The Jeep CJ-7 replaced the low production, long wheelbase Jeep CJ-6 (the civilian version of the M170 ambulance). While more agile on the trail than the CJ-6, the CJ-7 was intended to be a more civilized and luxurious version of the CJ-5. Compared to the CJ-5, it featured a 10-inch longer wheelbase and larger openings for doors that at least could make an effort to seal out the elements and be less awkward for most folks to use and get in and out of the vehicle. The Jeep CJ-7 also had more unified styling than the CJ-5 with the removable hardtop. Part of a drive to be more urban friendly, it was also the first CJ to offer an automatic transmission as an option (the GM Turbo-HydraMatic 400). Also debuting with the TH-400 exclusively was the now famous Quadra-Trac transfer case.
Right out of the gate, it was offered with most of the same options as the CJ-5, which initially were the Renegade and Levi’s packages. Of all the trim packages offered on CJs in subsequent years, only the Super Jeep and the 1979 Silver Anniversary weren’t available in the CJ-7 (logical, as the latter celebrated the 25th anniversary of the CJ-5). A couple of them were exclusive to the Jeep CJ-7, however, including the Limited (1982-83) and the Jamboree (1982). It’s actually quite hard to find a stripped Jeep CJ-7, as most were well equipped.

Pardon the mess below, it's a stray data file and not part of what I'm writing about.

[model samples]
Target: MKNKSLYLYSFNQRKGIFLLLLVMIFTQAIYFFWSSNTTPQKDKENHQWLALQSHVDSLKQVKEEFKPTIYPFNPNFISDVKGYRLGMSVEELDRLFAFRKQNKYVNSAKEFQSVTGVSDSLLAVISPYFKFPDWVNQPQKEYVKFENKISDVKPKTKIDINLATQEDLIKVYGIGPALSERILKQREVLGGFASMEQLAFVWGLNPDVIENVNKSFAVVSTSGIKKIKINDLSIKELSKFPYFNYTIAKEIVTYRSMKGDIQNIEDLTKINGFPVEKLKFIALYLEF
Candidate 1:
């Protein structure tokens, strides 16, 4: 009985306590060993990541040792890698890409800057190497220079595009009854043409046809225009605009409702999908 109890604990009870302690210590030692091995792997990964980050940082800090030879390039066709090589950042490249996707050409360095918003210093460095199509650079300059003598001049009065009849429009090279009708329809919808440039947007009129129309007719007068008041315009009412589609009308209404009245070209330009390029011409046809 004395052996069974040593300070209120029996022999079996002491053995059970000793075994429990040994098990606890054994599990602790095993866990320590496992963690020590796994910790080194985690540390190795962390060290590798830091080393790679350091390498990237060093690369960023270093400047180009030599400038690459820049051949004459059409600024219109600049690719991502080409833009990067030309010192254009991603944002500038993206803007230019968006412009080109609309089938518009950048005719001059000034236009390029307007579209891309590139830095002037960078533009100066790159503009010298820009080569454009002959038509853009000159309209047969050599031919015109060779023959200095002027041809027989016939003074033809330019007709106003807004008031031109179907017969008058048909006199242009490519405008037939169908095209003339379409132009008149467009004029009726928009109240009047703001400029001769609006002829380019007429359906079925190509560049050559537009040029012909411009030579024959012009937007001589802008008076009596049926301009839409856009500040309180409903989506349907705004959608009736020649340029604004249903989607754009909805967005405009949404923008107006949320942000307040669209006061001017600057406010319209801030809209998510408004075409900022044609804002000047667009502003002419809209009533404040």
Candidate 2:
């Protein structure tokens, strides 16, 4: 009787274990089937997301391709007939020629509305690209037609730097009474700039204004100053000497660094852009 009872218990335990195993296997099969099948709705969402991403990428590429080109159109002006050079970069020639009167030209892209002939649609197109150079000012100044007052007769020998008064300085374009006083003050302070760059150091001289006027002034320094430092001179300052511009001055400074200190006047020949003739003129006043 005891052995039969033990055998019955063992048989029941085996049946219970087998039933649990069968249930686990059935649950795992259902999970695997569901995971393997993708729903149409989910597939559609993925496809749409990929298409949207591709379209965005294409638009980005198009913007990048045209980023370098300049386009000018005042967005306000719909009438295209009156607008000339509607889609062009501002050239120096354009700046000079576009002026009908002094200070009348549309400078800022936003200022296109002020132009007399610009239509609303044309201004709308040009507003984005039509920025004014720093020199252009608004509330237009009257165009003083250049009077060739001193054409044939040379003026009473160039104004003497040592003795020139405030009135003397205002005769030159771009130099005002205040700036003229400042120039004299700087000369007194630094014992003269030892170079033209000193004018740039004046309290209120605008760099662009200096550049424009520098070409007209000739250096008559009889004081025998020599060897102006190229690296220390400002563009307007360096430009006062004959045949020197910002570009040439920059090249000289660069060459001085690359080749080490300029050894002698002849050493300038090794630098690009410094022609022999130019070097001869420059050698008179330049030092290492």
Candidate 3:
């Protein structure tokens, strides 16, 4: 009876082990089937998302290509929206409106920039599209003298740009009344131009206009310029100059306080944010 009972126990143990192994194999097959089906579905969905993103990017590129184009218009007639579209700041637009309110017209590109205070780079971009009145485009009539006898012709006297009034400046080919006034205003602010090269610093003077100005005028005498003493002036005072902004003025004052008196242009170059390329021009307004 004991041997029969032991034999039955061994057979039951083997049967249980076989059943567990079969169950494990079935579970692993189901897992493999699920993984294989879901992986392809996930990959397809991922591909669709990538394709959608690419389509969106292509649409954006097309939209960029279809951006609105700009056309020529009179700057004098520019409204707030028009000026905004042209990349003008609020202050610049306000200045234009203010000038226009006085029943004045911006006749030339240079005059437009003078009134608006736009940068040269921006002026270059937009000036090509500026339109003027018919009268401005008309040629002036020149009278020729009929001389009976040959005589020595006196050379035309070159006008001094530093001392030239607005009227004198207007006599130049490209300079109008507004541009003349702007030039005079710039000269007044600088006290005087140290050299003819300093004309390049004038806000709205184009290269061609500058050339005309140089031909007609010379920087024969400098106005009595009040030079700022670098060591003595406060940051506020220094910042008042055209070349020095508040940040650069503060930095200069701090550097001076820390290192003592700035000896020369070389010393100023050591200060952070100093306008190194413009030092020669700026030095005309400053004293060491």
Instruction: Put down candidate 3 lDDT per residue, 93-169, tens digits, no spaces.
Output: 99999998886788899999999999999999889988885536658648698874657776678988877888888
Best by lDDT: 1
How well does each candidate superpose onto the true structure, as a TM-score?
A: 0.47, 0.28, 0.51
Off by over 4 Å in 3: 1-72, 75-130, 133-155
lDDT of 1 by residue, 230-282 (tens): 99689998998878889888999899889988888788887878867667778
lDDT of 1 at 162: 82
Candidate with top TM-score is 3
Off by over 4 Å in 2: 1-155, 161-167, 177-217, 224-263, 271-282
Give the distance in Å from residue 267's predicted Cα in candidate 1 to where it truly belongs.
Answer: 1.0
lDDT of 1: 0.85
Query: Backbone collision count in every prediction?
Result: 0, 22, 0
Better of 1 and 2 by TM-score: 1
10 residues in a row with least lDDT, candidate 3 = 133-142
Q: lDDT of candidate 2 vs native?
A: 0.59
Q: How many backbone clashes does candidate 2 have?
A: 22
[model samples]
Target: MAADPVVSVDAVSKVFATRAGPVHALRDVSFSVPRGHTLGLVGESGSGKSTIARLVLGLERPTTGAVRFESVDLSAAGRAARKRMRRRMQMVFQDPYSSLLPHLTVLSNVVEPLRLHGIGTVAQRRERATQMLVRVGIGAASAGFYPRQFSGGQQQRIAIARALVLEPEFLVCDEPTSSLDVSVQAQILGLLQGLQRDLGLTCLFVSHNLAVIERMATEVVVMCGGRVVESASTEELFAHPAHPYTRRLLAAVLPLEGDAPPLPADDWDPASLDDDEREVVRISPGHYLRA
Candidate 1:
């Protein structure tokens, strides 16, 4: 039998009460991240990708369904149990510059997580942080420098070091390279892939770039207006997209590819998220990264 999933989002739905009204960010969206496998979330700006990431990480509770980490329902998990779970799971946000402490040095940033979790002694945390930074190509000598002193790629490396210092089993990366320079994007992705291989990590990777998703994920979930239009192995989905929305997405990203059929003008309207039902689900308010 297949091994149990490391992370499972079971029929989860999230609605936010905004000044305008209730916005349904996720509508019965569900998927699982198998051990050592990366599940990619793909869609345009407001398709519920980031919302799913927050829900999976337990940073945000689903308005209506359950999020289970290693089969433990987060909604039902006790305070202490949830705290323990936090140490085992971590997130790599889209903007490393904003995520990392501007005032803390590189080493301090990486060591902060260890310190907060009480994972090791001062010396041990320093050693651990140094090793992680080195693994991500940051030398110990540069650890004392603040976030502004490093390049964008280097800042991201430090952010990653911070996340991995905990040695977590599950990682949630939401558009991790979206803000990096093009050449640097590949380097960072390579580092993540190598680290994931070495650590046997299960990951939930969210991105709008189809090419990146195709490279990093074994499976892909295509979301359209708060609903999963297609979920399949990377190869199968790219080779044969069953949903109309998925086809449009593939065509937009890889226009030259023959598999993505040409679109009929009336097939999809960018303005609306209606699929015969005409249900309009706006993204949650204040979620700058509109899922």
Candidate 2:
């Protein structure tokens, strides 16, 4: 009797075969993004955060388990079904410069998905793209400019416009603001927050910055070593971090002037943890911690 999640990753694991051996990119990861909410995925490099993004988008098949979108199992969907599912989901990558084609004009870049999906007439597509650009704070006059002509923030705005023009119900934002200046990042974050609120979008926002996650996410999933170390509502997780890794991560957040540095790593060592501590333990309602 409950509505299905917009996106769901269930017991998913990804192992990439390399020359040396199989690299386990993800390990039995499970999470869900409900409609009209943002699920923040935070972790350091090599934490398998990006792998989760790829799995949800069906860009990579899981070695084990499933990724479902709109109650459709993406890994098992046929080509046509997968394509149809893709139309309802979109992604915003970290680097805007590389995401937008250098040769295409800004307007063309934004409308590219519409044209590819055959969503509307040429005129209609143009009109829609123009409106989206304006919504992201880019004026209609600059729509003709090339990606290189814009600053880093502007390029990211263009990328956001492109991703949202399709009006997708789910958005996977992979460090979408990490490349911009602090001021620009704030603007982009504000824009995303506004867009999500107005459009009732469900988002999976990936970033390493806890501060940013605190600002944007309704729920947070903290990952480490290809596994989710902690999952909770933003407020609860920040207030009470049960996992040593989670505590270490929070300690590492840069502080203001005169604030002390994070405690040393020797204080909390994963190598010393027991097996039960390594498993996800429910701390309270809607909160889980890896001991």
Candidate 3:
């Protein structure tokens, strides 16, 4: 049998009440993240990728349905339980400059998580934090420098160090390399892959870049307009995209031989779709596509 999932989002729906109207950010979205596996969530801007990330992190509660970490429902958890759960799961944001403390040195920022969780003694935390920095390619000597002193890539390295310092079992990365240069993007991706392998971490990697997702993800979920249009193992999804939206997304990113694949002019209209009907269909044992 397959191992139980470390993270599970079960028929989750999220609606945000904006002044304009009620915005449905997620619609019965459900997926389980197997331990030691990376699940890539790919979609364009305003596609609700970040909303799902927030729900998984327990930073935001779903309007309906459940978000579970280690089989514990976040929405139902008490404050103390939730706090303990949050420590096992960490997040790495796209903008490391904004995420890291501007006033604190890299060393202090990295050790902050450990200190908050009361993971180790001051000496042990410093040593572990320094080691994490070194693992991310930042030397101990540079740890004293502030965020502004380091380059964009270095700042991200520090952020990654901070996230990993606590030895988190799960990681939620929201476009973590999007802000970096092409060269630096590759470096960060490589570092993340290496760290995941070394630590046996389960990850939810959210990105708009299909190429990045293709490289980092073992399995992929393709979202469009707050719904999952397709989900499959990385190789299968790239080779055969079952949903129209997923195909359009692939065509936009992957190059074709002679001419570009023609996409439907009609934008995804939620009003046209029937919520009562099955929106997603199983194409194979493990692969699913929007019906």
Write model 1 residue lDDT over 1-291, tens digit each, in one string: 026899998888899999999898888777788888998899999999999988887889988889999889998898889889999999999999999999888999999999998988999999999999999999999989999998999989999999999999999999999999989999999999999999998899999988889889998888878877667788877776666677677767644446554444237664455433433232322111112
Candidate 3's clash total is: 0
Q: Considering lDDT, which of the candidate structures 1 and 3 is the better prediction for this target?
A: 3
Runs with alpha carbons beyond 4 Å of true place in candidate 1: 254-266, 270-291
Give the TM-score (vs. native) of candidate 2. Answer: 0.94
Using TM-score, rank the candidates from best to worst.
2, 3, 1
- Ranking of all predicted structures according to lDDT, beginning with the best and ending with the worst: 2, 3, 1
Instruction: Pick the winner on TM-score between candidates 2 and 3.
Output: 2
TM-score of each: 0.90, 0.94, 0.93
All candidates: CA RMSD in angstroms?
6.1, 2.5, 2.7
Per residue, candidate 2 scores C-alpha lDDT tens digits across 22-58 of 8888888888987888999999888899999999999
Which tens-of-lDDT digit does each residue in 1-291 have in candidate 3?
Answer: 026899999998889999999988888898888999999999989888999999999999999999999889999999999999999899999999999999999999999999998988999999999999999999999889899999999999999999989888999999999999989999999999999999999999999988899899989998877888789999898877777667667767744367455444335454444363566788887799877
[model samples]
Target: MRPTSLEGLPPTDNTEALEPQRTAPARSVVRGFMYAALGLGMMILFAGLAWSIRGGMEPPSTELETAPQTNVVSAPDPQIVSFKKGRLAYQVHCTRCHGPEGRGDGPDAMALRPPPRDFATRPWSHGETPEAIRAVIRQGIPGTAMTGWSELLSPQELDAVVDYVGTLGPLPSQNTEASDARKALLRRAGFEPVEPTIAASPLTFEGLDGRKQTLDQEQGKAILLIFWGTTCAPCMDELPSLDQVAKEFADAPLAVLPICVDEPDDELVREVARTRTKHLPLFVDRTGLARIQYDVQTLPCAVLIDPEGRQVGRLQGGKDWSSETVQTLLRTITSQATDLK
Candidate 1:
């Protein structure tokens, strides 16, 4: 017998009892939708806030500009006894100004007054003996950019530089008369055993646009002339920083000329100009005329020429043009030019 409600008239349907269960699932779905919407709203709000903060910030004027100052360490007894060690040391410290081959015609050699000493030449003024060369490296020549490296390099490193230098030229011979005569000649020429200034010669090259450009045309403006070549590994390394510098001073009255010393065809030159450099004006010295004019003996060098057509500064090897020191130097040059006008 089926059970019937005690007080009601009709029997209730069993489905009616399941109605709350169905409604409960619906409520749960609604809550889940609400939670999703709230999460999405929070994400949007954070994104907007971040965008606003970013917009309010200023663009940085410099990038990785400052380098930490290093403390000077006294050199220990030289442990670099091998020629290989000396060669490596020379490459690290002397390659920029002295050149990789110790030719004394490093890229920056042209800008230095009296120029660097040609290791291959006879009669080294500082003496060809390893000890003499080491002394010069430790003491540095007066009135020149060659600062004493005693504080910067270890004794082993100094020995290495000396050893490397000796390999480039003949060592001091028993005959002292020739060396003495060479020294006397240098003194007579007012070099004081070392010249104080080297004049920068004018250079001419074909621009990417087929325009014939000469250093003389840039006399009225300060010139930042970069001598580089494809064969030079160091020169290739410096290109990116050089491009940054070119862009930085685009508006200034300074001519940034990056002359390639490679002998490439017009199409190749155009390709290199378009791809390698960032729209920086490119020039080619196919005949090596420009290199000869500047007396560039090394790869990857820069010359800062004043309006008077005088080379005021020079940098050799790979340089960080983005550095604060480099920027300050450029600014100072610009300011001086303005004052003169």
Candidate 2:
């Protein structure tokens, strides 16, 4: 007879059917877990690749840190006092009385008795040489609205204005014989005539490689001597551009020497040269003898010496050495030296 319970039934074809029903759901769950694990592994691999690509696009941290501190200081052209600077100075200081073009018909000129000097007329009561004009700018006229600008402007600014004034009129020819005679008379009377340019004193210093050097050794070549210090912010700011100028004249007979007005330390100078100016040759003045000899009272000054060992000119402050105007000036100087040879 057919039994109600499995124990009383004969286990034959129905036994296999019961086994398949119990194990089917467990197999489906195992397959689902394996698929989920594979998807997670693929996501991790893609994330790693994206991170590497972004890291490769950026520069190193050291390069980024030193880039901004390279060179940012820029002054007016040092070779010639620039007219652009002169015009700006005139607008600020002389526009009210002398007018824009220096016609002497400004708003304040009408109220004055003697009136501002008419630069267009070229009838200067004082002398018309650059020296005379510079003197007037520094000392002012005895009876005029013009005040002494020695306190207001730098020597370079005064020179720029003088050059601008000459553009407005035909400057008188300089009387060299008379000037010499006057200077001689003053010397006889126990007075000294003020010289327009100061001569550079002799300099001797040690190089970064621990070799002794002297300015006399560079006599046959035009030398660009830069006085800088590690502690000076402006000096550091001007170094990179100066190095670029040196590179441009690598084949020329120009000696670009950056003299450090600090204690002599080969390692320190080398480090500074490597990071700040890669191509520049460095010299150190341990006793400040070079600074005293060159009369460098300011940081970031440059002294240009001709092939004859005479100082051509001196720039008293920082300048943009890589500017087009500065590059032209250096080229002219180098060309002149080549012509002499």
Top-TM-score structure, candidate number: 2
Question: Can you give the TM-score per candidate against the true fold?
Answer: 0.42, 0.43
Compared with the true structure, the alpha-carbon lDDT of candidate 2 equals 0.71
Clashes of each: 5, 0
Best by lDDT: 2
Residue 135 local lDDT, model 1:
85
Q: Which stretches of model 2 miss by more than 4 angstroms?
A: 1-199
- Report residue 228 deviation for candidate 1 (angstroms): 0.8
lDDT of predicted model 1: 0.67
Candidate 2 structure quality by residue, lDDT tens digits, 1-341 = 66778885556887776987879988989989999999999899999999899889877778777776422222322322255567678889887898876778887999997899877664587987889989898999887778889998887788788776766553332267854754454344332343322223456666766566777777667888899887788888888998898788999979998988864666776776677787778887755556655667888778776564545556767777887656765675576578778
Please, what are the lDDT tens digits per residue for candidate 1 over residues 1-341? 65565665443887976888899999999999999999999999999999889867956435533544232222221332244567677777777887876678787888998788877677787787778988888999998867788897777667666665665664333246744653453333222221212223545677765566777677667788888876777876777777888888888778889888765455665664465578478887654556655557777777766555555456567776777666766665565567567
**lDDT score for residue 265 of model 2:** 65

During the 1980s, changes were more cost-related than anything. The V-8 option was deleted for 1981, with minor components changing based on availability and better pricing to AMC from the industry.
Sales of the Jeep CJ-7 were so good (helped by more comfort and convenience options exclusive to it) that the CJ-5 was discontinued in 1983. Initially, Jeep purists decried this decision, and three years later, most of these same pundits were decrying AMC for announcing the end of the CJ-7 – the last of the Jeep CJ series –after the 1986 model year, ceding to the all-new Wrangler for 1987.